Hagel Faces Civilians, Issues 11 Day Furlough

Defense Secretary Chuck Hagel

An apologetic Defense Secretary Chuck Hagel announced Tuesday that about 680,000 of the nearly 800,000 civilian personnel in the Defense Department will be subject to 11 days of furlough before the end of the current fiscal year on Sept. 30.

"I'm sorry I have to come to you today with this," Hagel told a grim-faced audience of DOD workers who will have to get by with 20 percent cuts to their paychecks for 11 weeks.

"I did everything, I tried everything I could" to avoid imposing furloughs, Hagel said at a town hall meeting at the Mark Center in Northern Virginia near the Pentagon.

"That's where we are. I'm sorry about that." Defense Department officials projected the savings from 11 days of furlough at $1.8 billion.

Hagel said there was a slight possibility that the 11 furlough days could be reduced if the Department's fiscal projections improved over the summer, but he warned that the prospects were slim.

"I can't promise that. I'm not going to be cute with you at all. This is where we are," Hagel said.

Senior Defense Department officials said that notice letters on the furloughs would start going out on May 28 and the furloughs would begin on July 8 for one day a week and continue for 11 weeks.

Those workers receiving the letters would have seven days to reply to request an exemption but the officials said few requests were likely to be granted. Financial hardship "is not a reason for exempting from furlough," a senior Defense official said on background at a Pentagon briefing.

The officials said that about 120,000 workers, including 50,000 foreign nationals employed by DOD and about 30,000 Navy shipyard workers, would be exempt from the furloughs. Hagel rejected the Navy's argument for avoiding furloughs entirely for its civilian workforce, but "we're excluding their shipyard workers," a senior Defense official said.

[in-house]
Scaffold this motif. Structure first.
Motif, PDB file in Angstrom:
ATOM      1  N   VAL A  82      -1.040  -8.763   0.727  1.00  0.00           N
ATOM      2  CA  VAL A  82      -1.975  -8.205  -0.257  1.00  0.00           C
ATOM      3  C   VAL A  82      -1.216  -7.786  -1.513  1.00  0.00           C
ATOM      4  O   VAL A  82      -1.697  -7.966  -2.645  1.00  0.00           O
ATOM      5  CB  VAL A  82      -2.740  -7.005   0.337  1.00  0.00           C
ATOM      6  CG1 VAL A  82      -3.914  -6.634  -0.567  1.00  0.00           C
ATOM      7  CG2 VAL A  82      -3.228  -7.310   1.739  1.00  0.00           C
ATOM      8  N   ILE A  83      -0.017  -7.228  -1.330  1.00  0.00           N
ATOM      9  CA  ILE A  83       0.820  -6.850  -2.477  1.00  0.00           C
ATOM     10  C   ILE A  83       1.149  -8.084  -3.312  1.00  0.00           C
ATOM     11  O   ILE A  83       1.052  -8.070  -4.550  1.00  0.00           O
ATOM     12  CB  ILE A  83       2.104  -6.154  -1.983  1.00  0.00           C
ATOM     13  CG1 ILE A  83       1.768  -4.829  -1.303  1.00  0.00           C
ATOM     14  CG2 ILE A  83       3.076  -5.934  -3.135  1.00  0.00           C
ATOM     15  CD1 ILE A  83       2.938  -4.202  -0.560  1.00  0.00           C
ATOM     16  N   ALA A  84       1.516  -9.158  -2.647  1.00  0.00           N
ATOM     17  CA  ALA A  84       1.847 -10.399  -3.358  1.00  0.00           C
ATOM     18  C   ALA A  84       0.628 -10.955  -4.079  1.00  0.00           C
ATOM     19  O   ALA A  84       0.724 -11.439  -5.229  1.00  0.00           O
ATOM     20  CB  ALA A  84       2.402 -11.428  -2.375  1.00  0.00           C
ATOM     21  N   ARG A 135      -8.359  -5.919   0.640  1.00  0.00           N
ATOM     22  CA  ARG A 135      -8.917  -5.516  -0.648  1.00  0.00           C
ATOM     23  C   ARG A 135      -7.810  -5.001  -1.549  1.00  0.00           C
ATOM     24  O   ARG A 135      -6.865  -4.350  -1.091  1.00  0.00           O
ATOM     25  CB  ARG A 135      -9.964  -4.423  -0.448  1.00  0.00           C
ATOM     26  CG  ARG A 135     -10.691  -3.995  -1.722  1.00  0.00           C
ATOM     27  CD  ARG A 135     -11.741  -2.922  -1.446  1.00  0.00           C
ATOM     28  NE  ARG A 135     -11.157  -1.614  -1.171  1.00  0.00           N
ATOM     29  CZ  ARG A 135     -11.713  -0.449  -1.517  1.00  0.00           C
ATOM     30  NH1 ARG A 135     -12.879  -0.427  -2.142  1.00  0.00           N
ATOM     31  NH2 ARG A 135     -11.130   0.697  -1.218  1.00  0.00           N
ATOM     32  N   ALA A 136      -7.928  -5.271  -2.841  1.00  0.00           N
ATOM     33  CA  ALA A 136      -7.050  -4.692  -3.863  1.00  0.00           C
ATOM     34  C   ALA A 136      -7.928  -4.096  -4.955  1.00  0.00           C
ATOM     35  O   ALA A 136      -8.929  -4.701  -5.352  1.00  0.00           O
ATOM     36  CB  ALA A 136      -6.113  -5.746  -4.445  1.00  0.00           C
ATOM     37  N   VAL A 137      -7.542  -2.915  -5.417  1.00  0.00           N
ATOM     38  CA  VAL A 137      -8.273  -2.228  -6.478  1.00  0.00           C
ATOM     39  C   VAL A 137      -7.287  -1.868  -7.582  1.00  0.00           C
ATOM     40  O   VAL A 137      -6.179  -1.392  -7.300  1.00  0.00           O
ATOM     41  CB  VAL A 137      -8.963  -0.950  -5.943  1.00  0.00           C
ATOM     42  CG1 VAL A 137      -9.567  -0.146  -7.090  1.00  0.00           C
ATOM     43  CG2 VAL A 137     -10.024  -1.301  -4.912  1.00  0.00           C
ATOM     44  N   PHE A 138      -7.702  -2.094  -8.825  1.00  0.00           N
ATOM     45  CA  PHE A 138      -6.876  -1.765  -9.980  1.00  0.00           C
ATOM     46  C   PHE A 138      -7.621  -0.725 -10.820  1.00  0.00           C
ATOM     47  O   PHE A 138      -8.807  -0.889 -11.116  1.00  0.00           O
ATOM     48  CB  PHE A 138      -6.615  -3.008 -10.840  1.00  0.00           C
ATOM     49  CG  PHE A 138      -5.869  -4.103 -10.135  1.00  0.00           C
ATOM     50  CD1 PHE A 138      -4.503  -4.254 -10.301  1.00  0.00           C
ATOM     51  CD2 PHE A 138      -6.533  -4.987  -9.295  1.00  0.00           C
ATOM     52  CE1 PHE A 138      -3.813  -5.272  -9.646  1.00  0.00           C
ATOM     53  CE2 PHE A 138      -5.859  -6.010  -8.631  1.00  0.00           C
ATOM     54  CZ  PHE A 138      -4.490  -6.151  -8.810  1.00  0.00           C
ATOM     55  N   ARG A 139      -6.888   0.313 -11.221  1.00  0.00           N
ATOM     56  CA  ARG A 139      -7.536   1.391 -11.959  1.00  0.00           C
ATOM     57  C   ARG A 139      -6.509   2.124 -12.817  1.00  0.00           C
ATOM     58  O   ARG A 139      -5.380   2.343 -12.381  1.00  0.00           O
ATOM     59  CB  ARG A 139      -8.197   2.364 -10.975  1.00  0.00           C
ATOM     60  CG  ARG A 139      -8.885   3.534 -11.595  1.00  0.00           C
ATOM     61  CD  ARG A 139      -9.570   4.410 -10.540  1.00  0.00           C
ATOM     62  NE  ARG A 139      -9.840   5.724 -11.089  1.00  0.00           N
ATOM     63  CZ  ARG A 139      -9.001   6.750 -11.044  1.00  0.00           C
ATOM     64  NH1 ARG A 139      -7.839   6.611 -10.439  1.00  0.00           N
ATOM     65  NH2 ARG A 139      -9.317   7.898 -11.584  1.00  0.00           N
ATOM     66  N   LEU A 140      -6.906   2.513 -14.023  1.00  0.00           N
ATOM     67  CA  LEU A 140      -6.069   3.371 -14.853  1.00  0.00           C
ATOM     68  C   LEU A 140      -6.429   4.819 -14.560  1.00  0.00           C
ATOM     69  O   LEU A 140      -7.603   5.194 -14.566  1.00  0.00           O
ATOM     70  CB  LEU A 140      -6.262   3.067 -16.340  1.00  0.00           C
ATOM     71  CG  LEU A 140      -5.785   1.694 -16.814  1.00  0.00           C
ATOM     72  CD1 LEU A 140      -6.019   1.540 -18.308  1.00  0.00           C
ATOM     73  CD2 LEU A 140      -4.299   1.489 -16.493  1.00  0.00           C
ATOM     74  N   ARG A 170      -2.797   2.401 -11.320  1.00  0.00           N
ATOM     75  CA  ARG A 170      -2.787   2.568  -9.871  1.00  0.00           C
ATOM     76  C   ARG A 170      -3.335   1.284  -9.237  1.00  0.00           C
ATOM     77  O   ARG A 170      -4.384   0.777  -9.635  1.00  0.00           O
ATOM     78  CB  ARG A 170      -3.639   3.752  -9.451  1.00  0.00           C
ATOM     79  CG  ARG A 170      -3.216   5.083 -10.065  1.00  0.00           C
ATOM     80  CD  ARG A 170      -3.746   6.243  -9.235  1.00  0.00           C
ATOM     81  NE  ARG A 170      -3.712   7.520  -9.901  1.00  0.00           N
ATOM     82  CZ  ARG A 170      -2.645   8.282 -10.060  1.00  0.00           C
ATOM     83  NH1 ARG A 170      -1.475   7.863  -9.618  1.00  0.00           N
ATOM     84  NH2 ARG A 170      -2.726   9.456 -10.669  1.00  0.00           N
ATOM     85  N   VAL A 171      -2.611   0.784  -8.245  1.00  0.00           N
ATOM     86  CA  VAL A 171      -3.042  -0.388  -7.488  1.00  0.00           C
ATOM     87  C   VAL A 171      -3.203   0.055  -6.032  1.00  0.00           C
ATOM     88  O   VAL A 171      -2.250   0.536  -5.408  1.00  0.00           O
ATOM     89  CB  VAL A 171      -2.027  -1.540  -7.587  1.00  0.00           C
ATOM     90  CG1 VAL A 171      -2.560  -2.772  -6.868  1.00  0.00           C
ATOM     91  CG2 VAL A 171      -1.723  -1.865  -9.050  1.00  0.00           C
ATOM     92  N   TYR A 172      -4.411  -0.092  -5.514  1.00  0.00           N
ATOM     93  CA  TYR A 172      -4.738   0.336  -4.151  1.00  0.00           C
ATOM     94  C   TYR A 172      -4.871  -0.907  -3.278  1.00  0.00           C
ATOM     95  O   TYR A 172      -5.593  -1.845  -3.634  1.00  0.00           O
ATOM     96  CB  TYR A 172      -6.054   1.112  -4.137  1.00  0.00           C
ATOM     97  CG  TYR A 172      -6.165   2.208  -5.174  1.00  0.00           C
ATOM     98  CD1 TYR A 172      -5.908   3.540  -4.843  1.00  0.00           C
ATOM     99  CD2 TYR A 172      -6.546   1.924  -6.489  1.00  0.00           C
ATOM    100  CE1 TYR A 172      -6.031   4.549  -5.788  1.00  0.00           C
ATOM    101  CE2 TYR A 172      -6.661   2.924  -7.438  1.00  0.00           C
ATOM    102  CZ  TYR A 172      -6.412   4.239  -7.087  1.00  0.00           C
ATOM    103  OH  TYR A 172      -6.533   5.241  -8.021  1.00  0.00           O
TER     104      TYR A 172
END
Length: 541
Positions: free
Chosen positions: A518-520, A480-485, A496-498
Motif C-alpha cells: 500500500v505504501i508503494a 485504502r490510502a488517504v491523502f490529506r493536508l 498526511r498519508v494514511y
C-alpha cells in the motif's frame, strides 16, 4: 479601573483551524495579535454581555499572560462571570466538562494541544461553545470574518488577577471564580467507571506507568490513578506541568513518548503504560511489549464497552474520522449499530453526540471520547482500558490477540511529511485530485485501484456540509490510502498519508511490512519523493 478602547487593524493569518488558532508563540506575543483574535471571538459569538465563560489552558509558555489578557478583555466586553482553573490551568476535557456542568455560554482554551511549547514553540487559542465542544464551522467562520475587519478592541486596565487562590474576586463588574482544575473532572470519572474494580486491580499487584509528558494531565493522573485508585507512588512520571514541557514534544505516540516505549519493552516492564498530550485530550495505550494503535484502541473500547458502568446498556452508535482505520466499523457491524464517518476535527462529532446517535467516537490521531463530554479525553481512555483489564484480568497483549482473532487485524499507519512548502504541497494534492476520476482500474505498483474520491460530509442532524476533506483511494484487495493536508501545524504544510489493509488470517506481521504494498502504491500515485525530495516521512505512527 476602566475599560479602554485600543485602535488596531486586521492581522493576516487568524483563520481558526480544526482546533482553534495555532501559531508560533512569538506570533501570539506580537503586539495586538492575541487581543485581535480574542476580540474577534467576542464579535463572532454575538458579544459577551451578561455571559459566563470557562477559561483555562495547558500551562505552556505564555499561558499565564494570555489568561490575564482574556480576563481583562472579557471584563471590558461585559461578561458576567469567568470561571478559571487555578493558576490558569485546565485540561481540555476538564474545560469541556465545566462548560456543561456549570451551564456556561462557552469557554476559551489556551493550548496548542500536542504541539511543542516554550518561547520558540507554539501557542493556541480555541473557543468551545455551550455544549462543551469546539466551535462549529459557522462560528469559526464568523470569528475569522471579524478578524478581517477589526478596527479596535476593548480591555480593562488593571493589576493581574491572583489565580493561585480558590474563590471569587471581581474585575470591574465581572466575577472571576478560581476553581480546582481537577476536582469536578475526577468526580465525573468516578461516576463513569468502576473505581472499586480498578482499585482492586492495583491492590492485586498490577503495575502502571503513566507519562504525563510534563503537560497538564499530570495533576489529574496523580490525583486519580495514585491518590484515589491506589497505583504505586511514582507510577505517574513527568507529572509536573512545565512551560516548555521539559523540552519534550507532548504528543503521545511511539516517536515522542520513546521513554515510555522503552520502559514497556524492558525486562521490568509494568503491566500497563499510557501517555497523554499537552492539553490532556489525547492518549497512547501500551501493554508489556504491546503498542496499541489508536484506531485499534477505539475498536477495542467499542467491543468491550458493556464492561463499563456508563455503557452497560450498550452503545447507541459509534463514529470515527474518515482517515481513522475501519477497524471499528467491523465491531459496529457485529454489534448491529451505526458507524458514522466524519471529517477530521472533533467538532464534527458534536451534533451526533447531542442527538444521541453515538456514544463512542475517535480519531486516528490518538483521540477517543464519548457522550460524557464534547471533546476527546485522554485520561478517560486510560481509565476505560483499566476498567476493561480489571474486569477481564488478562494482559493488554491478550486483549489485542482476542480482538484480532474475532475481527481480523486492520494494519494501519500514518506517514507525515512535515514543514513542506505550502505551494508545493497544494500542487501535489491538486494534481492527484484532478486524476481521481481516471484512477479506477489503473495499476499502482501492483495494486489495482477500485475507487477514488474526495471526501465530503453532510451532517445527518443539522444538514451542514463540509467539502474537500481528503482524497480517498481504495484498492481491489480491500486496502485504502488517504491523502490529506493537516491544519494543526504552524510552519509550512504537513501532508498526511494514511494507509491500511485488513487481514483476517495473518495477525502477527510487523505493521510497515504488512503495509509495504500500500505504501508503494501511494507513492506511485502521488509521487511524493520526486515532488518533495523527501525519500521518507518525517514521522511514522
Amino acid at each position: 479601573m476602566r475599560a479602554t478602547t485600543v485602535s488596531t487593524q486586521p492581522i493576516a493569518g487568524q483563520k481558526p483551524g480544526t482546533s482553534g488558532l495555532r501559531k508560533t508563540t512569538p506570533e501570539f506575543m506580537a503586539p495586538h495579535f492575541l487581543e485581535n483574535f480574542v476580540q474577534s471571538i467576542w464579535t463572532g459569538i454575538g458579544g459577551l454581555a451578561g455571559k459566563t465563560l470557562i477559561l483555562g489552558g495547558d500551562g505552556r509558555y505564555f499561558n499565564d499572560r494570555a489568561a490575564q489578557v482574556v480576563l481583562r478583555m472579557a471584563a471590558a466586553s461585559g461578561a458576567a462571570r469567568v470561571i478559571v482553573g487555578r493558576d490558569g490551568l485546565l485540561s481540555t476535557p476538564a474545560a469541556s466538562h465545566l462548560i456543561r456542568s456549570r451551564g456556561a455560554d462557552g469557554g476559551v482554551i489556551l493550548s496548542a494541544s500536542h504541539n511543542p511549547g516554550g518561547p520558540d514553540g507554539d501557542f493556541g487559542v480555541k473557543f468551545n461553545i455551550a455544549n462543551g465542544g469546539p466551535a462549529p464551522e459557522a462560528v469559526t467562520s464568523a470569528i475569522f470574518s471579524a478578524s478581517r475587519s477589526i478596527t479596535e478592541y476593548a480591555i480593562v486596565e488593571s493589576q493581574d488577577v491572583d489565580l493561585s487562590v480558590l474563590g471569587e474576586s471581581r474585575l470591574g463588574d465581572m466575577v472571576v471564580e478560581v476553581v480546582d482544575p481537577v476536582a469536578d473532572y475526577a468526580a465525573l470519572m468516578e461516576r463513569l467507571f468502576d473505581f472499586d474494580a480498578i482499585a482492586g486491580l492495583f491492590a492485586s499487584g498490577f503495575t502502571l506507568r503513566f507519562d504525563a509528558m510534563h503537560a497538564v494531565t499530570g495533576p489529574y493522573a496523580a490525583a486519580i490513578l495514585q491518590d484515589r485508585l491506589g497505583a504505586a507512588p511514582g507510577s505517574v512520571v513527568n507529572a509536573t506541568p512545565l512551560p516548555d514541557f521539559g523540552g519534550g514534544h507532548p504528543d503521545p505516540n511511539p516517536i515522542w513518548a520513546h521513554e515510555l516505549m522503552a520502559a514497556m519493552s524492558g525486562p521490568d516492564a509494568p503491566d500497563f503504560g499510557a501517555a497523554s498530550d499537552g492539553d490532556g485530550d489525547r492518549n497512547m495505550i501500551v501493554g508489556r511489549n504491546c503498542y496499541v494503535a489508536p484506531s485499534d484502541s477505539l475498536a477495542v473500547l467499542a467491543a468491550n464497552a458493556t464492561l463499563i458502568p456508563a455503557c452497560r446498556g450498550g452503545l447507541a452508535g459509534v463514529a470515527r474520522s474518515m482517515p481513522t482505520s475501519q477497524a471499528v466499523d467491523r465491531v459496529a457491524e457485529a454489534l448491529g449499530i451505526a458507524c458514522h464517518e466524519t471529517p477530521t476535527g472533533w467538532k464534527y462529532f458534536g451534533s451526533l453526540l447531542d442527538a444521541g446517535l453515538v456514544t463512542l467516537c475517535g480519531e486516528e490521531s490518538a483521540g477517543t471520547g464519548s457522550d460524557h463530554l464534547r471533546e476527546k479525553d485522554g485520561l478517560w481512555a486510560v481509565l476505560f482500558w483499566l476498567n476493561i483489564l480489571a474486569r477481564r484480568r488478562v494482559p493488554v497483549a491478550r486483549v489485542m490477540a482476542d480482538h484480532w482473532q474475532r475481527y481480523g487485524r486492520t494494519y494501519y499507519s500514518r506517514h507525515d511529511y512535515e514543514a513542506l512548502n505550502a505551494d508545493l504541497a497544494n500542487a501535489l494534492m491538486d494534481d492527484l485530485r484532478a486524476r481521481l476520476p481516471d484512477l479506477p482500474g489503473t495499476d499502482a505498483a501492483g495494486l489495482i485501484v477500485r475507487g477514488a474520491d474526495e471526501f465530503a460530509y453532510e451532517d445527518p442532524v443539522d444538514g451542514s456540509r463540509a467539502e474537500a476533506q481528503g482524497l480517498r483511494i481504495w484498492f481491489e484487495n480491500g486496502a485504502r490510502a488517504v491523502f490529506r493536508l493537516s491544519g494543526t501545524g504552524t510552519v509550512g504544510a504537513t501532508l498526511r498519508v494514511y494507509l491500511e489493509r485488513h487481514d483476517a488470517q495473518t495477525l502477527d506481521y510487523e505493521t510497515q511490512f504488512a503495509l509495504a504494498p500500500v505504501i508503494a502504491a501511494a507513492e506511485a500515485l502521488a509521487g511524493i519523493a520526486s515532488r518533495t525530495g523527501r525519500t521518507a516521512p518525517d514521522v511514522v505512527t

The furloughs will also result in the closing of base commissaries for one day a week, the officials said. Teachers at Defense Department schools will be furloughed for five days rather than 11, and the five days will begin at the start of the next school year in September to allow summer school to continue, the officials said.

Hagel and the senior officials blamed the political impasse in Congress that resulted in the budget cutting process known as sequestration for forcing the furloughs.

Hagel said sequestration had left a $30 billion shortfall in the Department's operations and maintenance accounts.

"We're going to have to deal with that. We don't have any choice," Hagel said. One senior Defense official added that "this is one of the most distasteful tasks I've had in more than 30 years in government service."

Rep. Howard "Buck" McKeon, R-Calif., said responsibility for the sequester and the furloughs rested with the Obama administration.

"For two years now, members of the Armed Services Committee have warned that sequestration would wound our national security and our economy," McKeon said in a statement.

"In the time since the White House first conceived of sequester, I have urged the President to find a reasonable way to rein in the debt without hurting the economy or compromising our national security," McKeon said.